The role of gene therapy for intimal hyperplasia of bypass grafts

David G. Cable, James A. Caccitolo, Noel Caplice, Timothy O'Brien, Robert D. Simari, Richard C. Daly, Joseph A. Dearani, Charles J. Mullany, Thomas A. Orszulak, Hartzell V. Schaff

Research output: Contribution to journalArticlepeer-review

49 Scopus citations


Background - Proliferation of the intima is an early lesion of saphenous vein graft disease. Early patency rates of radial artery grafts are acceptable, but little is known about their risk of intimal hyperplasia. Methods and Results - To develop a model of intimal hyperplasia, we incubated human saphenous veins, internal mammary arteries, and radial arteries (n=6, 8, and 10, respectively) in an organ culture with Rosewell Park Memorial Institute 1640 (30% serum) for 0, 4, 7, 10, and 14 days. Quantitative histological studies were performed, and the average intimal-to-medial (I/M) ratio was calculated for each incubation interval. After 10 and 14 days of culture, the I/M ratio increased in the saphenous veins (P0.03, P=0.04 versus 0 day, respectively). No significant increase occurred in the I/M ratio in either the internal mammary or radial arteries. Next, the ability of adenoviral gene transfers to inhibit intimal hyperplasia in the saphenous veins was evaluated. Adenoviral-mediated gene transfer of nitric oxide synthase significantly reduced the I/M ratio at 14 days compared with vehicle (P=0.001) and virus (P=0.004) controls. Conclusions - The human saphenous vein has a greater propensity for intimal hyperplasia than arterial grafts; the human radial artery behaves similarly to the internal mammary artery. In the future, gene therapy may augment nitric oxide synthase, limiting vein graft disease.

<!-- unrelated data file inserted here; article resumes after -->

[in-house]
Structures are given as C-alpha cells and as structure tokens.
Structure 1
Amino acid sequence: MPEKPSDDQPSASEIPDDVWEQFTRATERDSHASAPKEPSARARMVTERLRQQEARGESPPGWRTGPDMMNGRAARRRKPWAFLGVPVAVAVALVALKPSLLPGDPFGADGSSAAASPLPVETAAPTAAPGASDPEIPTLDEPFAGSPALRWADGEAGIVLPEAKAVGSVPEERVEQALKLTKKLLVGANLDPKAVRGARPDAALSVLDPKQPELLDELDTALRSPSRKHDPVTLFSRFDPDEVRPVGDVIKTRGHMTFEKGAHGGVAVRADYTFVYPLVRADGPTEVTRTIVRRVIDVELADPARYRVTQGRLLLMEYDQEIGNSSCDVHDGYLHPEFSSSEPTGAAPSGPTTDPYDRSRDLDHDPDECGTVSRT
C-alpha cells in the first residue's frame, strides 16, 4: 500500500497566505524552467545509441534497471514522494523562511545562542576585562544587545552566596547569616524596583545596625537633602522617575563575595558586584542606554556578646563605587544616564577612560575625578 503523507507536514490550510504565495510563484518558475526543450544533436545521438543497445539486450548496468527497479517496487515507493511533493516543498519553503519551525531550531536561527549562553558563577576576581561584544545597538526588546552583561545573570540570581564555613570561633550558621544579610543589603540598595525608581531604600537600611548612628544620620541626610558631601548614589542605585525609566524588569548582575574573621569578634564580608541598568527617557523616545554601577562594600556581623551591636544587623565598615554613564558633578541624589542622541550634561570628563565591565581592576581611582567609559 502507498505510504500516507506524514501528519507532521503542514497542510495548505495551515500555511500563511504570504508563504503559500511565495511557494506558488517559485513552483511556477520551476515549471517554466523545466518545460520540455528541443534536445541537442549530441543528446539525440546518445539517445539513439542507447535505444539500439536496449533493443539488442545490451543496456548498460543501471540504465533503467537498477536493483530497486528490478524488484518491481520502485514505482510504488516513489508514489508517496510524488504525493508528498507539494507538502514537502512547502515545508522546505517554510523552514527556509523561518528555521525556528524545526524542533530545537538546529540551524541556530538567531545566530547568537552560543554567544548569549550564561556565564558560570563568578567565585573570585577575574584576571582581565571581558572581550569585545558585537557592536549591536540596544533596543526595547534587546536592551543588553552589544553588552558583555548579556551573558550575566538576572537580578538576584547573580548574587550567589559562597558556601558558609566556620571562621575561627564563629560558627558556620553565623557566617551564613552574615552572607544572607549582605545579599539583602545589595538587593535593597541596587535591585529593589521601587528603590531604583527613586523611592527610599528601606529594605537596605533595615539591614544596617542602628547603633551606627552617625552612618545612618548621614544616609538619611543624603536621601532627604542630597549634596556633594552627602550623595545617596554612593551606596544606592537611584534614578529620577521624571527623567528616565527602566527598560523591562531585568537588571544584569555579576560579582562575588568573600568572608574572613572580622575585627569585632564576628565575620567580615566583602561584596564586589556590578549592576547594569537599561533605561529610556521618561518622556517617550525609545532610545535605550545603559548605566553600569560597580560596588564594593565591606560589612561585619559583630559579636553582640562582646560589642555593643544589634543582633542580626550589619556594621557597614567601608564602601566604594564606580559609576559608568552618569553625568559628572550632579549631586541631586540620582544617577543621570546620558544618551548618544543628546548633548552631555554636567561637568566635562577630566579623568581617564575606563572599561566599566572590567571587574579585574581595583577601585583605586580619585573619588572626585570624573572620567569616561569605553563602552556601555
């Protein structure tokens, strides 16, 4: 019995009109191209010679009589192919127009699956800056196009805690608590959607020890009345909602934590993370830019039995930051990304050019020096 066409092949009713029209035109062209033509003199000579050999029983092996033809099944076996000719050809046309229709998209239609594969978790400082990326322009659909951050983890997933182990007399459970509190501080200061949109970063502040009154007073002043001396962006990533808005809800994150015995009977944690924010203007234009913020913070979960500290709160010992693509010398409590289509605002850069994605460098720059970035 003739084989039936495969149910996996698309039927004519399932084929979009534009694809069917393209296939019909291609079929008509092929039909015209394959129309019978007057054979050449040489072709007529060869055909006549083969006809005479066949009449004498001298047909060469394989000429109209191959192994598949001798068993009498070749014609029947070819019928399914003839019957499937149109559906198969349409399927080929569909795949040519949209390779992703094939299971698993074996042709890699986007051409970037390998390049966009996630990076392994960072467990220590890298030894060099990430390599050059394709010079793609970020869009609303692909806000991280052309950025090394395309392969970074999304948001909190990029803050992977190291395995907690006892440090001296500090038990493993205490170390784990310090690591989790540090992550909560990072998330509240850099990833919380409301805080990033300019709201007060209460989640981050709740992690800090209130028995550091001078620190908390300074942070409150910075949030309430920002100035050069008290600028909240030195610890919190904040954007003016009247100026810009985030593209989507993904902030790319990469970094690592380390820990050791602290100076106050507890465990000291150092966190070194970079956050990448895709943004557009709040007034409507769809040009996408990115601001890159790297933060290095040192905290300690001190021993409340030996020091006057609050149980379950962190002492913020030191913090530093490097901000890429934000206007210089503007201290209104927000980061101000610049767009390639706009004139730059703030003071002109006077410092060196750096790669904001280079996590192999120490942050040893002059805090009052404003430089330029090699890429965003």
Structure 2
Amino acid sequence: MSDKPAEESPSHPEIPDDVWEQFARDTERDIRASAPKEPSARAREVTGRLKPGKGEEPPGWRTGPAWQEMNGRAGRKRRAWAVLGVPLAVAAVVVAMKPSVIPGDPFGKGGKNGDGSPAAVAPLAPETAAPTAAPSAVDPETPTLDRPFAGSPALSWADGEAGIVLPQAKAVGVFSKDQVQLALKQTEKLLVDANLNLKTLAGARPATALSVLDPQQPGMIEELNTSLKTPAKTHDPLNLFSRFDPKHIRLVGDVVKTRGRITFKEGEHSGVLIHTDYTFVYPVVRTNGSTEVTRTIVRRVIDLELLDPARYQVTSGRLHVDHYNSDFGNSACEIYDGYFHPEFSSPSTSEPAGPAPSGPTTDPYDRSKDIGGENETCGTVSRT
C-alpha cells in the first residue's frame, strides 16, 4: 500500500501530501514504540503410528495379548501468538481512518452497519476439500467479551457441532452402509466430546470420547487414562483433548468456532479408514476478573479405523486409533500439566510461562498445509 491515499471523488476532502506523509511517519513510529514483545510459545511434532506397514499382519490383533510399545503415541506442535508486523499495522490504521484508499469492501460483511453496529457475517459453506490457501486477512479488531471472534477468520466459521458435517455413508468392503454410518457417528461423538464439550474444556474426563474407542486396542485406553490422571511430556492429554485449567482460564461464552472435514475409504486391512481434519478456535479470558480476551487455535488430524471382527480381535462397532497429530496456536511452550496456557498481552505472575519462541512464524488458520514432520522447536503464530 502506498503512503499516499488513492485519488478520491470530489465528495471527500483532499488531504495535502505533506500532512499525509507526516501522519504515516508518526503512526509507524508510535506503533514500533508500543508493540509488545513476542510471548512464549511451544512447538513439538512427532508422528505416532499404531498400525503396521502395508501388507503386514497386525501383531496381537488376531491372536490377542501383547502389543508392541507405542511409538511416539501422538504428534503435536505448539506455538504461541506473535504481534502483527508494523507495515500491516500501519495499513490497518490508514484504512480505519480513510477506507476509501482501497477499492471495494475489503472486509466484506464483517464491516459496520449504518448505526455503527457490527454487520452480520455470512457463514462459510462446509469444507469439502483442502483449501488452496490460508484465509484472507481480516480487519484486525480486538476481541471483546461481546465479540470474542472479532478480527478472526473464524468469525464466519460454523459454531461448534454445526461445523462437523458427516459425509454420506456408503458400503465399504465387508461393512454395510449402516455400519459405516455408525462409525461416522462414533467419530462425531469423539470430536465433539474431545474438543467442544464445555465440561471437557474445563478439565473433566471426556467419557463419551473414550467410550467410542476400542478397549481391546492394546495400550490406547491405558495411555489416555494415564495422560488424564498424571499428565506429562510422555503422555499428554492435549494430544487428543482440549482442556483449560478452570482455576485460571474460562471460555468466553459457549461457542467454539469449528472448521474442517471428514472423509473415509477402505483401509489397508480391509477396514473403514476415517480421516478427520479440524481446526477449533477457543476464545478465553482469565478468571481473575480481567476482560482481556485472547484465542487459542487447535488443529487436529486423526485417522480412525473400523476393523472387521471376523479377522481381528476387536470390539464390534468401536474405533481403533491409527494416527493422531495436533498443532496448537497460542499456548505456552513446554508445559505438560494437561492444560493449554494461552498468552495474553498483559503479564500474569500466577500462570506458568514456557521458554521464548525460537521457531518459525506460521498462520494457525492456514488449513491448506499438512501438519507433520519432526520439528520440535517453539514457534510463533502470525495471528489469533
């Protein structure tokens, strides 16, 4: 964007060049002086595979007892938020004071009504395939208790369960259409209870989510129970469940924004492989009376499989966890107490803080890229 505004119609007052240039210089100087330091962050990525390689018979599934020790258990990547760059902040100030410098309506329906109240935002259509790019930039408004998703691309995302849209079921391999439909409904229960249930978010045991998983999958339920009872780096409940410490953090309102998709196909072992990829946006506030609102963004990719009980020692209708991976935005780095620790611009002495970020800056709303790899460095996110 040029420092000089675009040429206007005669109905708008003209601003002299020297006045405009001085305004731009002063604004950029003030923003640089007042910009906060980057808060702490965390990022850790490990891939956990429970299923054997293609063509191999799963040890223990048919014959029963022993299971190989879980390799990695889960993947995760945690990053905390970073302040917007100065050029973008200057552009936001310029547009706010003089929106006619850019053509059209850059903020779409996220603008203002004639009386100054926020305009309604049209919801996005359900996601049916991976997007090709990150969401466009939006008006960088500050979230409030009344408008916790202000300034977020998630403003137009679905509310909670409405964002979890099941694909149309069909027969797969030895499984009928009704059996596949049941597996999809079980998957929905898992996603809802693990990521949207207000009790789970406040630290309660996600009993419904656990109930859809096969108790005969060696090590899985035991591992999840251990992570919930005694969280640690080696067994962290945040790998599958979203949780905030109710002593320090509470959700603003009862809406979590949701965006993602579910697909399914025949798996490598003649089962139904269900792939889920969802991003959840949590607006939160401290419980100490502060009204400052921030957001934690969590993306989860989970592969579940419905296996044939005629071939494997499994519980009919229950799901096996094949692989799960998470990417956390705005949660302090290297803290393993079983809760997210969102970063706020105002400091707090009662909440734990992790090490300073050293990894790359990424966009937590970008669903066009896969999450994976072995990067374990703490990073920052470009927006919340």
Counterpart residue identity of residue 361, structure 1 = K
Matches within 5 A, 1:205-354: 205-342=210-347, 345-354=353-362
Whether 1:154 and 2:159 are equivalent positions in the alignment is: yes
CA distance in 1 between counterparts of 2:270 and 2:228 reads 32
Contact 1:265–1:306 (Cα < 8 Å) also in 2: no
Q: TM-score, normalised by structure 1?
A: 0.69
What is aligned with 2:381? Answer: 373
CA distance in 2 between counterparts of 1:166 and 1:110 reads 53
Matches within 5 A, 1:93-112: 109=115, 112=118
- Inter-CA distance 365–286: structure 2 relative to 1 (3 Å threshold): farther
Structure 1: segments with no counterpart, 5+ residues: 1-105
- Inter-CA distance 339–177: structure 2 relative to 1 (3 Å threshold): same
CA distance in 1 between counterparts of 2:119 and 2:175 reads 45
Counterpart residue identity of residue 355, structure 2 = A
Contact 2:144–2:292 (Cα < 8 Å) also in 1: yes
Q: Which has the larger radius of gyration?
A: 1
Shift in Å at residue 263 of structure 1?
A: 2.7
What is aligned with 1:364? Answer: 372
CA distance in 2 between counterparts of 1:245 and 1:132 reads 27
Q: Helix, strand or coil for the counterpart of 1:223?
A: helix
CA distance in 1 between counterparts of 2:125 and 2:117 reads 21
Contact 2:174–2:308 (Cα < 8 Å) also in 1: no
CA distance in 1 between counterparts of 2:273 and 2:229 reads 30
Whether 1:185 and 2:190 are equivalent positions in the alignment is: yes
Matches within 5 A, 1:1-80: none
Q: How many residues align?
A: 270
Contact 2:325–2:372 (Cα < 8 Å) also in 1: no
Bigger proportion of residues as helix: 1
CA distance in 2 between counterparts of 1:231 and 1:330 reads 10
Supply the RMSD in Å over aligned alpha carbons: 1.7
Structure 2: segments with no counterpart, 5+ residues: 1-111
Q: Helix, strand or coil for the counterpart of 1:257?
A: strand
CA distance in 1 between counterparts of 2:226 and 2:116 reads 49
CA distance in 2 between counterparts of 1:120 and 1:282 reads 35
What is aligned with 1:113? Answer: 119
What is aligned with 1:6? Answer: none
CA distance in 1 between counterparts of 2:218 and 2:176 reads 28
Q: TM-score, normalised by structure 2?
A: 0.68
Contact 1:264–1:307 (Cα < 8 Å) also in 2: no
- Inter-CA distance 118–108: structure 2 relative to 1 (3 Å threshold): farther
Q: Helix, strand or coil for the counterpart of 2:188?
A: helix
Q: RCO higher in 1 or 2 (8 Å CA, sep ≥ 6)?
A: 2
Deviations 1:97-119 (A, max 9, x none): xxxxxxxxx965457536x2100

Original languageEnglish (US)
Pages (from-to)II392-II396
Issue number19 SUPPL.
StatePublished - Nov 9 1999


  • Gene transfer
  • Mammary arteries
  • Nitric oxide
  • Organ culture
  • Radial artery
  • Saphenous vein

ASJC Scopus subject areas

  • Cardiology and Cardiovascular Medicine
  • Physiology (medical)


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